Jacob George named one of ’30 under 30′

Jacob George, assistant professor of electrical and computer engineering and director of the Utah NeuroRobotics Lab, helped develop the “LUKE Arm” motorized prosthetic arm.

University of Utah electrical and computer engineering assistant professor Jacob George, director of the Utah NeuroRobotics Lab who is also helping develop the “LUKE Arm” motorized prosthetic arm, was named one of Forbes’ “30 Under 30” in the Science category for 2022.

For 10 years, the finance magazine has named 30 young innovators, entertainers and others each in a variety of categories from art and design to games, media and sports. These are considered by the editors to be the ones to watch out for in their respective fields. Past honorees have included Facebook founder Mark Zuckerberg, singer and entrepreneur Rihanna, and the co-founders of such companies as Instagram, Dropbox and Pinterest. Click here to see the list of the 2022 honorees in the Science category.

A headshot of a white man with dark blond hair pulled back and a goatee wearing a brown checkered button up shirt.

PHOTO CREDIT: Dan Hixson/University of Utah College of Engineering

Jacob George, assistant professor, Department of Electrical and Computer Engineering, director of the Utah NeuroRobotics Lab.

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“I’m humbled to be a part of this amazing group of innovators,” George said. “I’d like to thank all of my mentors and my training from the University of Utah and The University of Texas at Austin. I’m looking forward to an exciting new chapter and continued success at the University of Utah!”

George received his bachelor’s degree in Biomedical Engineering and a Certificate in Computational Science and Engineering from The University of Texas at Austin. He then received his master’s and doctorate in Biomedical Engineering from the University of Utah. He joined the U in 2021 as an assistant professor in both the Department of Electrical & Computer Engineering and the Department of Physical Medicine & Rehabilitation. He also has adjunct appointments in both the U’s Department of Biomedical Engineering and the Department of Mechanical Engineering.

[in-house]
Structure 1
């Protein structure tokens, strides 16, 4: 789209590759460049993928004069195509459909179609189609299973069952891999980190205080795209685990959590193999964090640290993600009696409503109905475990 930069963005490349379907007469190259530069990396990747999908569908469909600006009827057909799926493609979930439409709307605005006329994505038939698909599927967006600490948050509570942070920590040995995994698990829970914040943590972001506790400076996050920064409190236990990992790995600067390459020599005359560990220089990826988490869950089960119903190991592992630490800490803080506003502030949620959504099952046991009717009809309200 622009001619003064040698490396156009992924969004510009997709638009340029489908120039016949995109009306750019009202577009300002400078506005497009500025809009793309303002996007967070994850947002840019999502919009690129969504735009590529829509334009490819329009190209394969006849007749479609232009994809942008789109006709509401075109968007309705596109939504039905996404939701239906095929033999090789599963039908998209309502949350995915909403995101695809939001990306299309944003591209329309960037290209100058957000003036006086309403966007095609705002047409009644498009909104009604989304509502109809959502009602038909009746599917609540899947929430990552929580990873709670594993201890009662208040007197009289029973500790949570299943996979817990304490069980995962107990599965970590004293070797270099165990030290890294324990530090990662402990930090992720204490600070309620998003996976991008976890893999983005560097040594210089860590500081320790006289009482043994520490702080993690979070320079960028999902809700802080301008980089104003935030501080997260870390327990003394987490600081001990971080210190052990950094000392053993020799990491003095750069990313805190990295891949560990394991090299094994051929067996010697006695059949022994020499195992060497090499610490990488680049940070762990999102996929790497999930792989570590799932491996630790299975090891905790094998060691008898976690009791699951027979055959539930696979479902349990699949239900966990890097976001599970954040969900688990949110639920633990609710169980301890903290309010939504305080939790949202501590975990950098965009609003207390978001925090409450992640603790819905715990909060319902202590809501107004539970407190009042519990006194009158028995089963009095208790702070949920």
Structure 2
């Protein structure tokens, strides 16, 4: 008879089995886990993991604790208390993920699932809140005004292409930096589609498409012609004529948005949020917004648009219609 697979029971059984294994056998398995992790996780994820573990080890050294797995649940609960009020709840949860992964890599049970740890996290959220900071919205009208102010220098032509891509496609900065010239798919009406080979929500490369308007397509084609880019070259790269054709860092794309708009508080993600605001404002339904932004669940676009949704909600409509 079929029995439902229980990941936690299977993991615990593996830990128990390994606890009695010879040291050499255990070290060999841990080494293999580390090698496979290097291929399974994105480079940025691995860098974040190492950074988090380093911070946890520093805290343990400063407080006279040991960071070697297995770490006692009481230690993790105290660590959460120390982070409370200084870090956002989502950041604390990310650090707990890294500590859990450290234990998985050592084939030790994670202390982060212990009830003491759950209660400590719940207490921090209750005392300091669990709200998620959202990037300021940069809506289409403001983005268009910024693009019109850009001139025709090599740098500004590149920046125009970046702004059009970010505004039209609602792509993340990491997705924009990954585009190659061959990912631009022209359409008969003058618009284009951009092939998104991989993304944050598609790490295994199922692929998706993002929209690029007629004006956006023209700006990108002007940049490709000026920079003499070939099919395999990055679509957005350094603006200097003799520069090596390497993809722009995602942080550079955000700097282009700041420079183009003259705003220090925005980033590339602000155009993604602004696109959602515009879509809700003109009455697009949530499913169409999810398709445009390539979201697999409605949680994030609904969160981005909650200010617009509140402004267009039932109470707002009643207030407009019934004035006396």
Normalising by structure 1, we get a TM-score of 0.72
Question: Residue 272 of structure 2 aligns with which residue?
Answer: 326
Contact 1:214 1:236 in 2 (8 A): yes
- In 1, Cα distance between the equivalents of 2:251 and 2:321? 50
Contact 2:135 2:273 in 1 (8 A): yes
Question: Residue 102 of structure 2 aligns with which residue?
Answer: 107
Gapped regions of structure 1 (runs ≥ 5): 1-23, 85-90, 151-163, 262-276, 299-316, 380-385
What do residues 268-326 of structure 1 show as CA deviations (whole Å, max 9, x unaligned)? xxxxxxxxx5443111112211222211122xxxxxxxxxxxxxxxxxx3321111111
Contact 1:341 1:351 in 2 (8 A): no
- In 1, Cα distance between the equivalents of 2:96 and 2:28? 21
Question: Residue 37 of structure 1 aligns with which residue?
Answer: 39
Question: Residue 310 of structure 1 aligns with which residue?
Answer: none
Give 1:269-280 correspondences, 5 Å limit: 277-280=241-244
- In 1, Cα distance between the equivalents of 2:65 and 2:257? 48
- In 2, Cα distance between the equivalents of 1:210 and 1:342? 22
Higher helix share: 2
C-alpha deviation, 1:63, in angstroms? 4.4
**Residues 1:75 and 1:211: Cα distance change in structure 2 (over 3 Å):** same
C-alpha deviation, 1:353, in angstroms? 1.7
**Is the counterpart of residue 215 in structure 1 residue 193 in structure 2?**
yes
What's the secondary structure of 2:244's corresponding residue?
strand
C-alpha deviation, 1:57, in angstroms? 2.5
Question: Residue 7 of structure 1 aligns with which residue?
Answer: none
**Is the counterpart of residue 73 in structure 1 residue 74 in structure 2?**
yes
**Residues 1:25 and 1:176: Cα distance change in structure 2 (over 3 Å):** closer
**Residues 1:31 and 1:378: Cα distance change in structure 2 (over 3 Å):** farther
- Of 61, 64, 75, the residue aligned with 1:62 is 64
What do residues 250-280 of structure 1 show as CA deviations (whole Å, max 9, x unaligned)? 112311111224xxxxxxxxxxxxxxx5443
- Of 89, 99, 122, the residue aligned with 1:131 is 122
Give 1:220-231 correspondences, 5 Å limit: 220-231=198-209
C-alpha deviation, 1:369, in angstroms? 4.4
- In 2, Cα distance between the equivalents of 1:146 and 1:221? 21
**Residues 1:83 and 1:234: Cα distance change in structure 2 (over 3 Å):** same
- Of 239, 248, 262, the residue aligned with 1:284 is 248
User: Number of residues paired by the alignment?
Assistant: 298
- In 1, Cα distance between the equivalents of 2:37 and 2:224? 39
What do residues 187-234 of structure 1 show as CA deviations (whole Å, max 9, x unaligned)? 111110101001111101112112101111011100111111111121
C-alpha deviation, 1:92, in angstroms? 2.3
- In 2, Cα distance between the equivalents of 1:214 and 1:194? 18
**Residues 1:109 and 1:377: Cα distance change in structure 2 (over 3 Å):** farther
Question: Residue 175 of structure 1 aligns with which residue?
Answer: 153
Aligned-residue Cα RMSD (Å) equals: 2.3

He received the Don B. Olsen Graduate Fellowship, a National Science Foundation Graduate Research Fellowship and an NIH TL1 postdoctoral fellowship. He has been the recipient of two Society for Neuroscience Awards, the IEEE Best Paper Award, the Ripple Innovation in Research and Promising Young Investigator Finalist, and the Association of Clinical and Translational Sciences Outstanding Postdoc Award. In 2020, he was awarded the NIH Director’s Early Independence Award to establish his own independent research lab – the Utah NeuroRobotics Lab.

His research involves augmenting biological neural networks with artificial neural networks and bionic devices to treat neurological disorders and further our understanding of neural processing. Working at the intersection of artificial intelligence, robotics, and neuroscience, his NeuroRobotics lab is developing biologically-inspired artificial intelligence and brain-machine interfaces to restore and/or enhance human function.

A guy with a blonde man bun and a which shirt on the left and an older man, bald with a gray beard and flosses and a long sleeve light blue button up shirt interact with a robotic hand at a table.

PHOTO CREDIT: Dan Hixson/University of Utah College of Engineering

Jacob George (left) and Gregory Clark (right) are part of the development team for the “LUKE Arm,” a motorized prosthetic arm that mimics the way a human hand feels objects by sending the appropriate signals to the brain.

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He and U biomedical engineering associate professor Gregory Clark (pictured, right, with George) are part of the development team for the “LUKE Arm” (so named after the robotic hand that Luke Skywalker got in “The Empire Strikes Back”), a motorized prosthetic arm that mimics the way a human hand feels objects by sending the appropriate signals to the brain. George and Clark are developing a system that allows the prosthetic arm to tap into the wearer’s nerves, which are like biological wires that send signals to the arm to move. It is based on the work by U biomedical engineering Emeritus Distinguished Professor Richard A. Normann and his Utah Slanted Electrode Array, a bundle of 100 microelectrodes and wires that are implanted into the amputee’s nerves in the forearm and connected to a computer outside the body. The array interprets the signals from the still-remaining arm nerves, and the computer translates them to digital signals that tell the arm to move.

George is the second faculty member from the U’s College of Engineering to be named to Forbes’ “30 Under 30.” In 2017, U civil and environmental engineering associate professor Luther McDonald was included on the list for his research in nuclear forensics.